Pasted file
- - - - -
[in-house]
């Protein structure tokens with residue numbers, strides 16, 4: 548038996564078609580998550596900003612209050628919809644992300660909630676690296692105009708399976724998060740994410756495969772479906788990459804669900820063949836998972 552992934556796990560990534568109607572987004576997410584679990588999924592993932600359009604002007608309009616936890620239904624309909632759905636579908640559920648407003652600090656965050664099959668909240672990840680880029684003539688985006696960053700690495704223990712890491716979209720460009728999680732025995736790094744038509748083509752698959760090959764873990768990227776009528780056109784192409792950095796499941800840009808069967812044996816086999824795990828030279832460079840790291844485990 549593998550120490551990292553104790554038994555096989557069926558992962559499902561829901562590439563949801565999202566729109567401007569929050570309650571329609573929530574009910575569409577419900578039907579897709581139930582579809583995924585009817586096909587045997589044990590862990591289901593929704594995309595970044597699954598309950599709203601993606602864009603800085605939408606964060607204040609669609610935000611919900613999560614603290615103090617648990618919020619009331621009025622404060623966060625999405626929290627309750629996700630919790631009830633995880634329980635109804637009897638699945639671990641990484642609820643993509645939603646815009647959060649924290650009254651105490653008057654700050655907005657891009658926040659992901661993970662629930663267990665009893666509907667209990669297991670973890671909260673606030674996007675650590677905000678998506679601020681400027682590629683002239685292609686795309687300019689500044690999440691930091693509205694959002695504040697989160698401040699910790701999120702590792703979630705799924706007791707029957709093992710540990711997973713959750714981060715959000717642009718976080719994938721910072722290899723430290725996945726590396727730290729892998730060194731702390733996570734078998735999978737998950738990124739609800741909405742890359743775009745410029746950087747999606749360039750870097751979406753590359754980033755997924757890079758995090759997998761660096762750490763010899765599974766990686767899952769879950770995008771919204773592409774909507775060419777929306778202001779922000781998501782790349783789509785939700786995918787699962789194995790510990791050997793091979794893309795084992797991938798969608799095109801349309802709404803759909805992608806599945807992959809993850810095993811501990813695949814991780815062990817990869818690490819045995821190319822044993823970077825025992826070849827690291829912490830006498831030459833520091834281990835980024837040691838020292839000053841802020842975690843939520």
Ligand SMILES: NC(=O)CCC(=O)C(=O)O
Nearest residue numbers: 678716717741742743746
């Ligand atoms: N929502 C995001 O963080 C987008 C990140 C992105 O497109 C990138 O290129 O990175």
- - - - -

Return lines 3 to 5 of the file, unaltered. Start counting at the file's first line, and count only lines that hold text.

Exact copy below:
Ligand SMILES: NC(=O)CCC(=O)C(=O)O
Nearest residue numbers: 678716717741742743746
């Ligand atoms: N929502 C995001 O963080 C987008 C990140 C992105 O497109 C990138 O290129 O990175």